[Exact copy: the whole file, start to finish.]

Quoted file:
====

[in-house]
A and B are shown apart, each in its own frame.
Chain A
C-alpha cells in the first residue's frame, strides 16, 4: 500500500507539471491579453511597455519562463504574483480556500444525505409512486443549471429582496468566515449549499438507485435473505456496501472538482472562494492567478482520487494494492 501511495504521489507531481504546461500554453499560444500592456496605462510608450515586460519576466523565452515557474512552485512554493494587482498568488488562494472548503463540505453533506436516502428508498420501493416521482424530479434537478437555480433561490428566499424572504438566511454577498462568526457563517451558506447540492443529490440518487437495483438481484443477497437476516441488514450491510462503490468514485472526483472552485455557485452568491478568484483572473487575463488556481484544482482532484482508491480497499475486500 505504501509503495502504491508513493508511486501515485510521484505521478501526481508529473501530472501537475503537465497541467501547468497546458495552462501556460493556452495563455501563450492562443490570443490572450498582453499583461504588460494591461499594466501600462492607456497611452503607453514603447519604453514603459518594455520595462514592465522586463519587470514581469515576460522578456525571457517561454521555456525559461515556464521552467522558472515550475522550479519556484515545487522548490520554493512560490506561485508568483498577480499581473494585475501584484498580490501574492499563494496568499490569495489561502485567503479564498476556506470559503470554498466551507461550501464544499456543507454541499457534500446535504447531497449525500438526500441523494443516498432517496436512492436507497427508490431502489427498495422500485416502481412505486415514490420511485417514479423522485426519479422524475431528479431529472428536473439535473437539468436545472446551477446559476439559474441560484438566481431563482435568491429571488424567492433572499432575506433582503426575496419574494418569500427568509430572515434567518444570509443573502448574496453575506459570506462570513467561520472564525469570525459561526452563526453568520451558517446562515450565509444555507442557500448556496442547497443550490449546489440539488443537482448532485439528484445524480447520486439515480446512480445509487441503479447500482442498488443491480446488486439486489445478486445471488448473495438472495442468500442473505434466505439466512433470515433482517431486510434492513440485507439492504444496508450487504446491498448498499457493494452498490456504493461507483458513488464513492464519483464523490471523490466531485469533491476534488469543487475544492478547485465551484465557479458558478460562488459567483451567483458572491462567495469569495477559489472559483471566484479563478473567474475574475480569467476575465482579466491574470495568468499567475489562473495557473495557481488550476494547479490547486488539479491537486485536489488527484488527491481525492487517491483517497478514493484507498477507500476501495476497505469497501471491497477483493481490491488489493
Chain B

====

[in-house]
A and B are shown apart, each in its own frame.
Chain A
C-alpha cells in the first residue's frame, strides 16, 4: 500500500507539471491579453511597455519562463504574483480556500444525505409512486443549471429582496468566515449549499438507485435473505456496501472538482472562494492567478482520487494494492 501511495504521489507531481504546461500554453499560444500592456496605462510608450515586460519576466523565452515557474512552485512554493494587482498568488488562494472548503463540505453533506436516502428508498420501493416521482424530479434537478437555480433561490428566499424572504438566511454577498462568526457563517451558506447540492443529490440518487437495483438481484443477497437476516441488514450491510462503490468514485472526483472552485455557485452568491478568484483572473487575463488556481484544482482532484482508491480497499475486500 505504501509503495502504491508513493508511486501515485510521484505521478501526481508529473501530472501537475503537465497541467501547468497546458495552462501556460493556452495563455501563450492562443490570443490572450498582453499583461504588460494591461499594466501600462492607456497611452503607453514603447519604453514603459518594455520595462514592465522586463519587470514581469515576460522578456525571457517561454521555456525559461515556464521552467522558472515550475522550479519556484515545487522548490520554493512560490506561485508568483498577480499581473494585475501584484498580490501574492499563494496568499490569495489561502485567503479564498476556506470559503470554498466551507461550501464544499456543507454541499457534500446535504447531497449525500438526500441523494443516498432517496436512492436507497427508490431502489427498495422500485416502481412505486415514490420511485417514479423522485426519479422524475431528479431529472428536473439535473437539468436545472446551477446559476439559474441560484438566481431563482435568491429571488424567492433572499432575506433582503426575496419574494418569500427568509430572515434567518444570509443573502448574496453575506459570506462570513467561520472564525469570525459561526452563526453568520451558517446562515450565509444555507442557500448556496442547497443550490449546489440539488443537482448532485439528484445524480447520486439515480446512480445509487441503479447500482442498488443491480446488486439486489445478486445471488448473495438472495442468500442473505434466505439466512433470515433482517431486510434492513440485507439492504444496508450487504446491498448498499457493494452498490456504493461507483458513488464513492464519483464523490471523490466531485469533491476534488469543487475544492478547485465551484465557479458558478460562488459567483451567483458572491462567495469569495477559489472559483471566484479563478473567474475574475480569467476575465482579466491574470495568468499567475489562473495557473495557481488550476494547479490547486488539479491537486485536489488527484488527491481525492487517491483517497478514493484507498477507500476501495476497505469497501471491497477483493481490491488489493
Chain B